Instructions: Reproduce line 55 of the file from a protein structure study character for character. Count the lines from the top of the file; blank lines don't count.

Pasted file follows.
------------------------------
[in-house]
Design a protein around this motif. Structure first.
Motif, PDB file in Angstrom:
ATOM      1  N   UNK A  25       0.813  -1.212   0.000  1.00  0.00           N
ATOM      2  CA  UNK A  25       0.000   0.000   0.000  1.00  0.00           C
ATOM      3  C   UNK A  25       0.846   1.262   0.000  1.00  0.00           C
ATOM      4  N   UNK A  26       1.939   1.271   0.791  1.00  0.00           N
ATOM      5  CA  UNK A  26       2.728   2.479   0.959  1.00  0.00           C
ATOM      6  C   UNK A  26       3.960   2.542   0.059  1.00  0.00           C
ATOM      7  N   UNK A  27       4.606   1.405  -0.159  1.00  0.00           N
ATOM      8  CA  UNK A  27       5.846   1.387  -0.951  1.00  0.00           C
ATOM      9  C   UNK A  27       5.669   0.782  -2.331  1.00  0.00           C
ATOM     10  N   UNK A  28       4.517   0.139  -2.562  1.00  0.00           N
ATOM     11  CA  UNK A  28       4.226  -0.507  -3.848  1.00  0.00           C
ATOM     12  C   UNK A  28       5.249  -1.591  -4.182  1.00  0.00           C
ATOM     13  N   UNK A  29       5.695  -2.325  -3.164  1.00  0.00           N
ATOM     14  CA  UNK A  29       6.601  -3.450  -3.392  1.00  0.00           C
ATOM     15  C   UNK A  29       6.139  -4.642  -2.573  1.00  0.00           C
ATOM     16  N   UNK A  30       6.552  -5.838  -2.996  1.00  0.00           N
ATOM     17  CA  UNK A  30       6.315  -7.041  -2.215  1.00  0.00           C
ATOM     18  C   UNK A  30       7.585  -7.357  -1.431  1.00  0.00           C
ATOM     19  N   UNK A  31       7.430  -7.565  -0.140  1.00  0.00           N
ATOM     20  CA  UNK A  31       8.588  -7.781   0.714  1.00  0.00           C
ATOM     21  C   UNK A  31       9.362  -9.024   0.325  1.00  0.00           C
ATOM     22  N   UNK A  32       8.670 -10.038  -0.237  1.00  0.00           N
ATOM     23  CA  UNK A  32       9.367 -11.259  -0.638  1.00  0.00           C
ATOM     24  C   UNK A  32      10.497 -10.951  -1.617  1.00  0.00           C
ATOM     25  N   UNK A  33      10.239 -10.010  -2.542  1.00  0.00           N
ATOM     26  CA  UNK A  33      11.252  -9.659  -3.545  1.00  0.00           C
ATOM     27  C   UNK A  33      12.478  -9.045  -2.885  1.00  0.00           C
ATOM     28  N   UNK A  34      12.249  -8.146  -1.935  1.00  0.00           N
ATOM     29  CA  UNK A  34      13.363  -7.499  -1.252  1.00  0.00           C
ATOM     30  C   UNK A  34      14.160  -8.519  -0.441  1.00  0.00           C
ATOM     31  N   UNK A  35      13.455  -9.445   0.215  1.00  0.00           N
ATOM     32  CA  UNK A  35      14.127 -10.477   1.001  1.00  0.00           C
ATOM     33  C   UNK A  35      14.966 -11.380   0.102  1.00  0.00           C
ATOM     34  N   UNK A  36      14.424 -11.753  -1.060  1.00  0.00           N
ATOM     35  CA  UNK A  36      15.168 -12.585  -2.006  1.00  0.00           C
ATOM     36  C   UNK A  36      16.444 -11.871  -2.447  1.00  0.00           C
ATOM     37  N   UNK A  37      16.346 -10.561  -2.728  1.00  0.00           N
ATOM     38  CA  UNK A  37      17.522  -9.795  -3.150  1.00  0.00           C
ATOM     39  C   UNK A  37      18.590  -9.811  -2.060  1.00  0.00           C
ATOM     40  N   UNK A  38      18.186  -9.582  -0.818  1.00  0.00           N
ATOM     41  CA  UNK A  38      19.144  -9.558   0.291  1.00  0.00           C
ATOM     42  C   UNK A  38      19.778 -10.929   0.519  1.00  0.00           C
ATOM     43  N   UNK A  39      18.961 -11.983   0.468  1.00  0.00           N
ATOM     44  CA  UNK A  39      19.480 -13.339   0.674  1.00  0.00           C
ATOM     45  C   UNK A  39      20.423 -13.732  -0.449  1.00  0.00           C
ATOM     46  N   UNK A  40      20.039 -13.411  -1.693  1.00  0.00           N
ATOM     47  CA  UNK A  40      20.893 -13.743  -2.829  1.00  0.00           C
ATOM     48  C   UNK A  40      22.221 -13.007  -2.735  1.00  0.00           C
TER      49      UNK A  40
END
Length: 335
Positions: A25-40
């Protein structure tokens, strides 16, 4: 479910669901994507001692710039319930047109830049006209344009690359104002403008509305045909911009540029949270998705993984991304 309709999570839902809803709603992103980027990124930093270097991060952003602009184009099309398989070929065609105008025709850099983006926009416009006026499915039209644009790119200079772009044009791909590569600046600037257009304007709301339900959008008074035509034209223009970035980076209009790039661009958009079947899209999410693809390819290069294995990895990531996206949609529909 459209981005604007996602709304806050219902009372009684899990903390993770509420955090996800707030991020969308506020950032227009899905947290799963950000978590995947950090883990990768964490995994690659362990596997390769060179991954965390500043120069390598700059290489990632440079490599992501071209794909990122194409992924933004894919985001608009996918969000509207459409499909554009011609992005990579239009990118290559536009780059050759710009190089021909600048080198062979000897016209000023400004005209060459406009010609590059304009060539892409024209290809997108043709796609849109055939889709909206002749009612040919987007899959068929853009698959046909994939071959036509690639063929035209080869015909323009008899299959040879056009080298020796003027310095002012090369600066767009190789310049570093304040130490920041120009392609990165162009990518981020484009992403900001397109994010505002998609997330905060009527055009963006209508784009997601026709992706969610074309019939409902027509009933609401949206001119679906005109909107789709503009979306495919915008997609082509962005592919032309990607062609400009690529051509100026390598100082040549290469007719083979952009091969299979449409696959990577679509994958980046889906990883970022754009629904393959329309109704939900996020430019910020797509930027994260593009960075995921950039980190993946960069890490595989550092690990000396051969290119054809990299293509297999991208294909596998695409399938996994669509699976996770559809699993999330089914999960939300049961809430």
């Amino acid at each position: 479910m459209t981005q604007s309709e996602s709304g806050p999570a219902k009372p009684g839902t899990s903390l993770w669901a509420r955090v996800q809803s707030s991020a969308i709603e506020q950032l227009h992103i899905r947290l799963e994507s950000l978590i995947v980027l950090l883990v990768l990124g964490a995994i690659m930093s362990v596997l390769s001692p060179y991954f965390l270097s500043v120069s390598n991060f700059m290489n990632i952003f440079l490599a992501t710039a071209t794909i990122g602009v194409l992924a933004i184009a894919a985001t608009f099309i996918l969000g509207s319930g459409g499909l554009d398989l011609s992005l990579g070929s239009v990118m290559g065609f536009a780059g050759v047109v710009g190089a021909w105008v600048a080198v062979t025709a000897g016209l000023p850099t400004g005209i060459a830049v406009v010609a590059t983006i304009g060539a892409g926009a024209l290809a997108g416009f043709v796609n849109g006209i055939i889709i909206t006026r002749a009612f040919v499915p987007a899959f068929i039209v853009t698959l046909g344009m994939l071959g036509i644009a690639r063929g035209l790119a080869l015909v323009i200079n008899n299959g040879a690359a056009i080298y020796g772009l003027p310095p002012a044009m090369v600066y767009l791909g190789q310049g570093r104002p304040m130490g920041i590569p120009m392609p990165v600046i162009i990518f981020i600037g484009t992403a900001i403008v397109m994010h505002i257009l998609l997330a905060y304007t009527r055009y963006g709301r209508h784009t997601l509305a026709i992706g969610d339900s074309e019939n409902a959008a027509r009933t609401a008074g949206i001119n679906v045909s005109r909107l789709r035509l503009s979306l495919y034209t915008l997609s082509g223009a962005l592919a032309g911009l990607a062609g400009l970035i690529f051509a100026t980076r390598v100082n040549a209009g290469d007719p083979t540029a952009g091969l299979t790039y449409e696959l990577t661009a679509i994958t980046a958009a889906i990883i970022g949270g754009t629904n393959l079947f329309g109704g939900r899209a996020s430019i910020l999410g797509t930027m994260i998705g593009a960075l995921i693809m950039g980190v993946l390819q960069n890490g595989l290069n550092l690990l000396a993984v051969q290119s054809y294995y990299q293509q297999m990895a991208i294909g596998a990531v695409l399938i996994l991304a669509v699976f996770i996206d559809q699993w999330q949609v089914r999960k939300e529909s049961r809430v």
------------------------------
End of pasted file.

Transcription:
Positions: A25-40